Losing your credibility is like losing your virginity. You can only lose it once.
My friend Jim Stewart shared this line with me, and it immediately resonated. Credibility is essential for your brand. Without it business grinds to a halt.
Your credibility is based on two components: trustworthiness and expertise. Both are essential for your brand and your reputation. If your customers don’t think you have the expertise to solve their problems, they won’t buy. And if they don’t trust you, they definitely won’t buy.
Credibility requires an investment
Both trust and expertise take time. You don’t just become an expert overnight, and you don’t trust people just because.
Malcolm Gladwell popularized the concept of the 10,000 Hour Rule. The idea came from Anders Ericsson’s studies on expertise. Ericsson discovered that it takes 10,000 hours of concentrated practice to become an expert. The same principle can be brought to companies. A startup does not have the same level of expertise as a well established company.
The more a company invests in its products, systems and talent the more effective it can be. As the old adage goes, the proof is in the pudding. You might be able to “sell” your customers once, but you won’t keep them if you don’t deliver. And if you don’t deliver, your credibility will be shot.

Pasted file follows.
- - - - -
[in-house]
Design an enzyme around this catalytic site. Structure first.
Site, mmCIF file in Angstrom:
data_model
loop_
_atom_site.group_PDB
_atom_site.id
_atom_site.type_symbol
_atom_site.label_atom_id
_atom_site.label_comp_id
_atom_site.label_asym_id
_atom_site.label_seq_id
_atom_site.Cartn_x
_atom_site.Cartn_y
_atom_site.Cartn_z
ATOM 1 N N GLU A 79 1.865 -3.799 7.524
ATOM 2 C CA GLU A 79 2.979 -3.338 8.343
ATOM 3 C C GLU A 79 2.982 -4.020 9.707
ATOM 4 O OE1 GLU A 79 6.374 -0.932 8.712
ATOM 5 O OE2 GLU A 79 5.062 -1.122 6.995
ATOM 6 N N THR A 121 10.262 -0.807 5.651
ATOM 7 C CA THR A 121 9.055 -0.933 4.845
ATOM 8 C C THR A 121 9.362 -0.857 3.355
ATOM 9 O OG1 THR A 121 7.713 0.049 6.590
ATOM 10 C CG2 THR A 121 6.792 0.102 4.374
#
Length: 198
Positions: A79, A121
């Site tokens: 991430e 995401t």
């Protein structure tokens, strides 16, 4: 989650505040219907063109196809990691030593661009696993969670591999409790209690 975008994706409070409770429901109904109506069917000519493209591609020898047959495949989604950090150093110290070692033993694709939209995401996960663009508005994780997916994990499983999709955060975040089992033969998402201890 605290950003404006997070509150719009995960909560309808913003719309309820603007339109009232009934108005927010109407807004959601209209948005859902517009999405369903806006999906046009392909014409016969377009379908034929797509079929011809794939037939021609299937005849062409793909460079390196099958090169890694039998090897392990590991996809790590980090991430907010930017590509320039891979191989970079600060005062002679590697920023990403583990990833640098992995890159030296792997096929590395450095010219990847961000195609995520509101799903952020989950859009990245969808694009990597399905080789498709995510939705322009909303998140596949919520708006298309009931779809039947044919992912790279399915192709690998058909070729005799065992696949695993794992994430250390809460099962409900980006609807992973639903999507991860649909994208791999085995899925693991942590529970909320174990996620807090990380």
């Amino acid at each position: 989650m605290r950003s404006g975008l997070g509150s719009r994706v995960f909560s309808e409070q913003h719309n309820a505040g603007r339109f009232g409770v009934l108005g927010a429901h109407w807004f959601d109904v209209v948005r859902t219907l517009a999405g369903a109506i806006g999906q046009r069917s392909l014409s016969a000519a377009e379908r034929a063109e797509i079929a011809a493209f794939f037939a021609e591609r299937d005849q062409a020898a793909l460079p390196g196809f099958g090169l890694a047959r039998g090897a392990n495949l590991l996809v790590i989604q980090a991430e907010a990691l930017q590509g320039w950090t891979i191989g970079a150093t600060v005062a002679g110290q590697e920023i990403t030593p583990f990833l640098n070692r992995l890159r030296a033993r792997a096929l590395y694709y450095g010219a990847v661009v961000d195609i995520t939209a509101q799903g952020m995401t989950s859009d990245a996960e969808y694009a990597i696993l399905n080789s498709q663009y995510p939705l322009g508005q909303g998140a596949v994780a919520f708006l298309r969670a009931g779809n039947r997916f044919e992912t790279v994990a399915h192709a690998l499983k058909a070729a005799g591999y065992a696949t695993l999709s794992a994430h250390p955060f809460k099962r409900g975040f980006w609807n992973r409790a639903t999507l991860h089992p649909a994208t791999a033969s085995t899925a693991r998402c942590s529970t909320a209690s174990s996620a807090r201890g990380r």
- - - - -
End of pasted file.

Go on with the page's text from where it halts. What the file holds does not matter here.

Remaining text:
Trust on the other hand is built through customer experiences and relationships. Every customer interaction, no matter how small, is an opportunity to establish trust. By being consistent, predictable and ethical you form trust. The more your customers get to know your business, its values and your people the more they will trust you.
When mistakes happen, step up
Mistakes happen. We all know that. It really boils down to how you go about fixing them. Most of the time your customers will give you the benefit of the doubt, and will work with you to get a problem resolved.
Credibility is lost when you don’t handle issues well. This can happen in two ways: lack of accountability or incompetence.
Lack of accountability is the worst. I find it infuriating when companies refuse to acknowledge their mistakes. Often times a simple “sorry” is enough. When a mistake happens, step up to it. Acknowledge your mistake, and tell your customer how you will work to resolve the issue. You might not have the answer right away, and that’s ok. The key is to make an effort to resolve the issue.
Incompetence is a little trickier. Incompetence is often tied to lack of brand focus and poor operating systems. Chronic mistakes just whittle away at your credibility until nothing is left. It’s not easy to lose your credibility. Most customers will give you the benefit of the doubt. But screw up often, and you really won’t leave your customers much choice.
Your credibility is something to cherish. Manage it. Protect it. Hold onto it as a key aspect of your brand and your company’s reputation.